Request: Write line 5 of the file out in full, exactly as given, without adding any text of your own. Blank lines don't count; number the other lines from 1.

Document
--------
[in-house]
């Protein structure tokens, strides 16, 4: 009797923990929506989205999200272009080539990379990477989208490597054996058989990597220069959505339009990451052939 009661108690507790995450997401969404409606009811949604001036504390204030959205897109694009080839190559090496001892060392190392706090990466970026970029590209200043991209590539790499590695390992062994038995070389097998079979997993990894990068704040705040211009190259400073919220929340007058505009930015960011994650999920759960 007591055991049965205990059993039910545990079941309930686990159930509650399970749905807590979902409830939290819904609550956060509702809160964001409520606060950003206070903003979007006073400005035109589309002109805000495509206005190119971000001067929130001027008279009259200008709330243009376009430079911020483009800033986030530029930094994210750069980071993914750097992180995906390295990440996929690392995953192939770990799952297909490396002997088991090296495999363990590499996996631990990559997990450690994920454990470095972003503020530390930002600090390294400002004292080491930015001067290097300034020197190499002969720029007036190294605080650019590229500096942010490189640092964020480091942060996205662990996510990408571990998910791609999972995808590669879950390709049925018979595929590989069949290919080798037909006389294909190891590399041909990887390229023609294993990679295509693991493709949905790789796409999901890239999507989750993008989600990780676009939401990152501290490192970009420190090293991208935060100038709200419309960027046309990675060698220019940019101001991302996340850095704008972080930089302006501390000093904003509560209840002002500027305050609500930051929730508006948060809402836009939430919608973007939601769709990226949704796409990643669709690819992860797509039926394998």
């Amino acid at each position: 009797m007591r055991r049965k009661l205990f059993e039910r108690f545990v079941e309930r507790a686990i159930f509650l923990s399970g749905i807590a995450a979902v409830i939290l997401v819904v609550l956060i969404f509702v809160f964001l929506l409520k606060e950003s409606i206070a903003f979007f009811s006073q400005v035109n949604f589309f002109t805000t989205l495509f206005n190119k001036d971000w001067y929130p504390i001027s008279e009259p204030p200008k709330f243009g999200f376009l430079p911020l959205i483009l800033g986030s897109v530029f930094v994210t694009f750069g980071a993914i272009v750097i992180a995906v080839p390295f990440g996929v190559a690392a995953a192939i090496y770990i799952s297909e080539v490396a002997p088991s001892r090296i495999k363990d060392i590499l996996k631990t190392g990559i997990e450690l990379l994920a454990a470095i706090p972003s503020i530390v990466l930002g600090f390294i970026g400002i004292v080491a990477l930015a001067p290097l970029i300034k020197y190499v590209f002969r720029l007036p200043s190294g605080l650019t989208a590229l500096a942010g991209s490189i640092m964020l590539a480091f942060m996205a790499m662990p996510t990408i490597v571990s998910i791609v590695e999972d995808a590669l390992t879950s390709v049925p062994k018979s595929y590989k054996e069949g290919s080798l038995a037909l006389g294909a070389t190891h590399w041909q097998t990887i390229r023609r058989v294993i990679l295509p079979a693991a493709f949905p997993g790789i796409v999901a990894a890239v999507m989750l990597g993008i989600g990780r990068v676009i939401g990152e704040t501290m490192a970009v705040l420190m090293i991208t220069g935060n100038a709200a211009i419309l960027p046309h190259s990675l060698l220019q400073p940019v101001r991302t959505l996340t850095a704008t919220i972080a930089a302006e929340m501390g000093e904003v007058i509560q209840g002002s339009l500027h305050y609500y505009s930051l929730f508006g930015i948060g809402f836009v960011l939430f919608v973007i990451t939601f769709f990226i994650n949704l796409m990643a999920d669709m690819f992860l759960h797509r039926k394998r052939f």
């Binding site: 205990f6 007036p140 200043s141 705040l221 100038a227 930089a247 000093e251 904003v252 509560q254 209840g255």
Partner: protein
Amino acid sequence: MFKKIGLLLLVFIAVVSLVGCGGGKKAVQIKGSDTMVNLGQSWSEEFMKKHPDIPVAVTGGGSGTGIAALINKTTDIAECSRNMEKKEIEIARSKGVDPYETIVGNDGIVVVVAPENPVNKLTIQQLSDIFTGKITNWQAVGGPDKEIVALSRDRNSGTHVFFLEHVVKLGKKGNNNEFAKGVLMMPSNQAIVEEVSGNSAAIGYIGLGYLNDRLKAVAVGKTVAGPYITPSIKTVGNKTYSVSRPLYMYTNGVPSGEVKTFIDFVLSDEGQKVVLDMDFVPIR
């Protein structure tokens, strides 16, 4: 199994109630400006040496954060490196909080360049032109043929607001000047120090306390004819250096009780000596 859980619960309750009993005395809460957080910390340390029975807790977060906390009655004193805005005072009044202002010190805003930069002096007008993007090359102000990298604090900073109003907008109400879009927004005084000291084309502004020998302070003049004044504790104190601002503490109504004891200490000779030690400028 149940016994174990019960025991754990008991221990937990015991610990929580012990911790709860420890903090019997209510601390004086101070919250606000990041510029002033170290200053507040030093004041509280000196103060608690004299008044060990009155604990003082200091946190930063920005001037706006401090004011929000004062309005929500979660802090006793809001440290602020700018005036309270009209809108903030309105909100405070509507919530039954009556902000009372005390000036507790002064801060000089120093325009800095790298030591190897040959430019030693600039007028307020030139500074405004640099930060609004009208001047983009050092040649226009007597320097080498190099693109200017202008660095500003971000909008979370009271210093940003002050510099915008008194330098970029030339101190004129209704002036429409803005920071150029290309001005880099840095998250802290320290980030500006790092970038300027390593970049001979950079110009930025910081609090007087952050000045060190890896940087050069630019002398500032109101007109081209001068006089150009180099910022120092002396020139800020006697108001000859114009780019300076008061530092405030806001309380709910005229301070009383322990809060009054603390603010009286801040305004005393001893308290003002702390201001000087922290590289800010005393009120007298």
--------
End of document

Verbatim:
Partner: protein